You take two foods with same carb count, but blood Glucose response they give is different. So Additional knowledge about food intake is required and how much it increases Blood Glucose is more important. And Here comes Glycemic Load, the sign board to Smart Diet
Foods with carbohydrates that break down quickly during digestion and release glucose rapidly into the bloodstream tend to have a high GI. Foods with carbohydrates that break down more slowly, releasing glucose more gradually into the bloodstream, tend to have a low GI. The concept was developed by Dr. David J. Jenkins and colleagues. The GI was invented in 1981 by Dr Thomas Wolever and Dr David Jenkins at the University of Toronto and is a measure of how quickly a food containing 25 or 50 grams of carbohydrate raises blood-glucose levels. Because some foods typically have a low carbohydrate content, Harvard researchers created the GL, which takes into account the amount of carbohydrates in a given serving of a food and so provides a more useful measure.
What is Glycemic Index
The GI represents the total rise in a person's blood sugar level following consumption of the food. The glycemic index or glycaemic index (GI) is a number associated with a particular type of food that indicates the food's effect on a person's blood glucose (also called blood sugar) level. The number typically ranges between 50 and 100, where 100 represents the standard, an equivalent amount of pure glucose.
What is Glycemic Load
The glycemic load (GL) of food is a number that estimates how much the food will raise a person's blood glucose level after eating it. One unit of glycemic load approximates the effect of consuming one gram of glucose. Glycemic load accounts for how much carbohydrate is in the food and how much each gram of carbohydrate in the food raises blood glucose levels. Glycemic load is based on the glycemic index (GI), and is defined as the grams of available carbohydrate in the food times the food's GI.
How GI is Determined
The glycemic index of a food is defined as the incremental area under the two-hour blood glucose response curve (AUC) following a 12-hour fast and ingestion of a food with a certain quantity of available carbohydrate (usually 50 g). The AUC of the test food is divided by the AUC of the standard (either glucose or white bread, giving two different definitions) and multiplied by 100. The average GI value is calculated from data collected in 10 human subjects. Both the standard and test food must contain an equal amount of available carbohydrate. The result gives a relative ranking for each tested food.
Recent animal research provides compelling evidence that high-GI carbohydrate is associated with increased risk of obesity. In one study, male rats were split into high- and low-GI groups over 18 weeks while mean body weight was maintained. Rats fed the high-GI diet were 71% fatter and had 8% less lean body mass than the low-GI group. Post-meal glycemia and insulin levels were significantly higher, and plasma triglycerides were threefold greater in the high-GI-fed rats. Furthermore, pancreatic islet cells suffered "severely disorganized architecture and extensive fibrosis.". So GI significance in Weight and Obesity Control is well established.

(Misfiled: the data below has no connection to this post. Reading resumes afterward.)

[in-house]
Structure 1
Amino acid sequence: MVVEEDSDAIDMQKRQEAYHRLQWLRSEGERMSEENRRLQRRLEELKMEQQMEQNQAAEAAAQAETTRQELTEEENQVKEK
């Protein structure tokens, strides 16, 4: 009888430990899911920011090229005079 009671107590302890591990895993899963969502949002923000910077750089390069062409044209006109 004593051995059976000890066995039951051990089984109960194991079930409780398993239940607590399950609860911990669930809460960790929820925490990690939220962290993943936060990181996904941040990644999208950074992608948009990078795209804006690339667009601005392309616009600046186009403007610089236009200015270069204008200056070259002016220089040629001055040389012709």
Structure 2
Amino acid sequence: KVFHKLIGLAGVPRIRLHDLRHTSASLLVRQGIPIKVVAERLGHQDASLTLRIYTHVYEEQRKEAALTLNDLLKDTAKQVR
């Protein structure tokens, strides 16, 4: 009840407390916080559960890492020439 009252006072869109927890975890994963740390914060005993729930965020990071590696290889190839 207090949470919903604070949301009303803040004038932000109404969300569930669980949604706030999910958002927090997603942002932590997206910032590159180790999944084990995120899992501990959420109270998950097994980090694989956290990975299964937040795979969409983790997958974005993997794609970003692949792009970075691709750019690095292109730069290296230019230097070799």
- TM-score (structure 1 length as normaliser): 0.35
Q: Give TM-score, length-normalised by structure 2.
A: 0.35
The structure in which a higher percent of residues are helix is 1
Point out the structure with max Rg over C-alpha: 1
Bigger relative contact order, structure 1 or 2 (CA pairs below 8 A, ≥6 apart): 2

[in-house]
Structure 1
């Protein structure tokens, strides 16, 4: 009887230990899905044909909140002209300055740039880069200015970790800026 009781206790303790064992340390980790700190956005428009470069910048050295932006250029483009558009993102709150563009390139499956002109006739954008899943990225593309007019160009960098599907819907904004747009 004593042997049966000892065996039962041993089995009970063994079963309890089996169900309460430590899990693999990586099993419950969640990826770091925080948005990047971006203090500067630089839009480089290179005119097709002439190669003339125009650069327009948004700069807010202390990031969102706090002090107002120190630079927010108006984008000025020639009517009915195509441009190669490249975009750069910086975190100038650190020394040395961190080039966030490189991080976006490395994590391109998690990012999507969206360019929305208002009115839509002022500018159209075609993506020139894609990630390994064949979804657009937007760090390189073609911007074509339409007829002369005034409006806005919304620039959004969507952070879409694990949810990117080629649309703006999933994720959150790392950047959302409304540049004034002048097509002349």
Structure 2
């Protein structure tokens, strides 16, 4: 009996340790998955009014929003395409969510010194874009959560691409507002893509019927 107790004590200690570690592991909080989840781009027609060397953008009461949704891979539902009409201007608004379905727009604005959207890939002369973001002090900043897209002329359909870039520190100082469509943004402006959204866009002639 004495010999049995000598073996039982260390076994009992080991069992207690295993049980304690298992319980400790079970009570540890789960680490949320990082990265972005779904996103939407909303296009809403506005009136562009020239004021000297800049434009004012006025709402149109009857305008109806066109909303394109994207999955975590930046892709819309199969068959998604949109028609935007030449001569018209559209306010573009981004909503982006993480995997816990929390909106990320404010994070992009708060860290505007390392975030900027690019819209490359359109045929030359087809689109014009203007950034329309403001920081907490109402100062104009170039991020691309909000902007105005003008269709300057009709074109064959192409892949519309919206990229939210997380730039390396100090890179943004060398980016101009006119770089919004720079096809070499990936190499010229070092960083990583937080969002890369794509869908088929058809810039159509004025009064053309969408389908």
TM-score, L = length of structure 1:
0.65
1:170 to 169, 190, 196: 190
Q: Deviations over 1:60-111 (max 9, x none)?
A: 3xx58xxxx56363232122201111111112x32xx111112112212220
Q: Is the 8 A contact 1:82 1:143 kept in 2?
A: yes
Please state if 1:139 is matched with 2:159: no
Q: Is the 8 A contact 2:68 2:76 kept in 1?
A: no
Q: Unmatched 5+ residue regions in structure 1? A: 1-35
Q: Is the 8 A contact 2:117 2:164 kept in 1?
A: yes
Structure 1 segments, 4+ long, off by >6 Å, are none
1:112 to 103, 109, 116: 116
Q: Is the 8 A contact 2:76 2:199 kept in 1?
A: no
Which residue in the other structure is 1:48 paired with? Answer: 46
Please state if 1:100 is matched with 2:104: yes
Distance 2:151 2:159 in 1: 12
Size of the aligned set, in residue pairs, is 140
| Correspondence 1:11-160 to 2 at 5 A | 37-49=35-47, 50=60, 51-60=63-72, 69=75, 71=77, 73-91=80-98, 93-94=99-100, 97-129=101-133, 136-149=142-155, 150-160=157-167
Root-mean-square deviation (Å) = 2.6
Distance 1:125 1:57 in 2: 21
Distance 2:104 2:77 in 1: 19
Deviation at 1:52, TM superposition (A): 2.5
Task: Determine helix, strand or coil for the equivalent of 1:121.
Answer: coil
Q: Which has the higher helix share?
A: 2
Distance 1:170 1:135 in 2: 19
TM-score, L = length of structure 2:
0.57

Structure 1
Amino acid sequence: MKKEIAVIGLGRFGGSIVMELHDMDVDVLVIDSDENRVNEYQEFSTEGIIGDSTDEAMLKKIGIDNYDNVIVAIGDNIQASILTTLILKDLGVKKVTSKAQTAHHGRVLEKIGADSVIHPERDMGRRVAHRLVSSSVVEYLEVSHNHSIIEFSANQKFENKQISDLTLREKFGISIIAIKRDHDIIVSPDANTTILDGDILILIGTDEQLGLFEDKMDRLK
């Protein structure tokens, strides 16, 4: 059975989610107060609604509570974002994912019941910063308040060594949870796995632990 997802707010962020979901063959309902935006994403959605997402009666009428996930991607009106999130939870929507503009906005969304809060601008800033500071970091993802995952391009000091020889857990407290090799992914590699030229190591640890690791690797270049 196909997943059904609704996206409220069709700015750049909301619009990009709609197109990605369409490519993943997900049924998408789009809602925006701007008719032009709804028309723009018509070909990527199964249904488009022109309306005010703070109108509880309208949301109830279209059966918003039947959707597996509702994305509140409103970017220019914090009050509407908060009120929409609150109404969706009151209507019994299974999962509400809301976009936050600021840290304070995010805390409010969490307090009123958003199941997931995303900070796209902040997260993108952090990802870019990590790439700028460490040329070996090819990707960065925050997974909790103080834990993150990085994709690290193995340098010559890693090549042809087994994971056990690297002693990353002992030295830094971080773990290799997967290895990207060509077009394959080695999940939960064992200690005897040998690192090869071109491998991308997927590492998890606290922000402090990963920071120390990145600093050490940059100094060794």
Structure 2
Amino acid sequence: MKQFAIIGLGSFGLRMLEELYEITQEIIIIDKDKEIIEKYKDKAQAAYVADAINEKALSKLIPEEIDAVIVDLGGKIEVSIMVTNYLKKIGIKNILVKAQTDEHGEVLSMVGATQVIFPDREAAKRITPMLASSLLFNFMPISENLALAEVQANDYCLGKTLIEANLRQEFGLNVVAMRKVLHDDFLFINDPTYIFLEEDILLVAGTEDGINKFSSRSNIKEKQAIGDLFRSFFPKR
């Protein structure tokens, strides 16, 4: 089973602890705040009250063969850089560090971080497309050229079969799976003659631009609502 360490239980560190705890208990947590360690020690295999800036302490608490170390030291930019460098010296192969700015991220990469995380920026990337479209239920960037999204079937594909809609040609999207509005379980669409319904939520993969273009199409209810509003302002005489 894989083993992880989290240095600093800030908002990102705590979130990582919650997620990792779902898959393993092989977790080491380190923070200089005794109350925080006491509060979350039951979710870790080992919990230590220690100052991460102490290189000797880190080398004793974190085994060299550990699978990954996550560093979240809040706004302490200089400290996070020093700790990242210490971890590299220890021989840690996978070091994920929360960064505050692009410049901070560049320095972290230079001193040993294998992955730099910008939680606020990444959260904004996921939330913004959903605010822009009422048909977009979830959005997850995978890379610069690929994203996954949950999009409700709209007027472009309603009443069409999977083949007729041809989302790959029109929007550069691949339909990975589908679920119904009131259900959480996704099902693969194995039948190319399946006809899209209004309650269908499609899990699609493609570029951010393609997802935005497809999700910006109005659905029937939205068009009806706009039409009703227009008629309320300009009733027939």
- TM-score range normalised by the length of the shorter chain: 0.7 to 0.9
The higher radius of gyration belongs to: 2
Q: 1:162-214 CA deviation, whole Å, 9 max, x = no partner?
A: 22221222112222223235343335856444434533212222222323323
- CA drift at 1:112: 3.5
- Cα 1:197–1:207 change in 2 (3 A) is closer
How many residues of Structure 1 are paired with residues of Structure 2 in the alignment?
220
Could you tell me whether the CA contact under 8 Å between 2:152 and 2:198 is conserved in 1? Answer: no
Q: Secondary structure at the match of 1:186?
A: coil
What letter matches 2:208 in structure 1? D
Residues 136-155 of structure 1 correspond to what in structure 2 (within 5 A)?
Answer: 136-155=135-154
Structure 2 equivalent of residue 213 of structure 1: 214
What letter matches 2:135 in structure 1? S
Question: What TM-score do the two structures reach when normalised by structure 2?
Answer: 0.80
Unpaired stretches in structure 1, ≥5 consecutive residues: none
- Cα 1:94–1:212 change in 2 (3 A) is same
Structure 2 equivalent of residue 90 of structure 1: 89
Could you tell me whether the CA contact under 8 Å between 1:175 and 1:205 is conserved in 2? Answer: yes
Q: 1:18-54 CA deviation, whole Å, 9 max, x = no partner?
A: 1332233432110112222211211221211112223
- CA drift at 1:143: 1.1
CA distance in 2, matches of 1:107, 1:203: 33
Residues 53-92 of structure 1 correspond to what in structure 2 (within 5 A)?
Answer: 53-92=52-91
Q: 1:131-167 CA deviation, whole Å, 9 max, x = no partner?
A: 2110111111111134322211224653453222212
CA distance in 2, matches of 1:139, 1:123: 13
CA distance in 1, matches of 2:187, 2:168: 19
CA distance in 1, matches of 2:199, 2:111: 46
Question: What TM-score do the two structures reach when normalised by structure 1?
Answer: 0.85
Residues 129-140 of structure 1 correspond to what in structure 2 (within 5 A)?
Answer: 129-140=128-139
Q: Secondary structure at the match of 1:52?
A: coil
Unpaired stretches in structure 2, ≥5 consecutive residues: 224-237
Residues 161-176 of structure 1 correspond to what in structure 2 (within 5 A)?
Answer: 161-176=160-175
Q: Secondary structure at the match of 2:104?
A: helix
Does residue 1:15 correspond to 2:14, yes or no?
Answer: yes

Recent scientific evidence have shown that individuals who followed a low-GI diet over many years were at a significantly lower risk for developing both type 2 diabetes, coronary heart disease, and age-related muscular degeneration than others.
In the past, postprandial hyperglycemia has been considered a risk factor associated mainly with diabetes. However, more recent evidence shows that it also presents an increased risk for atherosclerosis in the non-diabetic population.
High GI diets, high blood-sugar levels more generally, and diabetes are related to kidney disease as well.
A study published in the American Journal of Clinical Nutrition found that age-related adult muscular degeneration (AMD), which leads to blindness, is 42% higher among people with a high-GI diet, and concluded that eating a lower-GI diet would eliminate 20% of AMD cases.
Glycemic index charts often give only one value per food, but variations are possible due to variety of reasons:
- Ripeness (riper fruits contain more sugars increasing GI)
- Cooking methods (the more cooked, or over cooked, a food the more its cellular structure is broken with a tendency for it to digest quickly and raise GI more)
- Processing (e.g., flour has a higher GI than the whole grain from which it is ground as grinding breaks the grain's protective layers).
- Length of Storage.
- Individual Response Glycemic response is different from one person to another, and also in the same person from day to day, depending on blood glucose levels, insulin resistance, and other factors
- Time Period Most of the values on the glycemic index do not show the impact on glucose levels after two hours. Some people with diabetes may have elevated levels after four hours
It makes more sense to track Glycemic Load than, just do carb counting or Calorie Intake. A diabetic will be able to better manage the Food intake and hence greater control over Blood Glucose.
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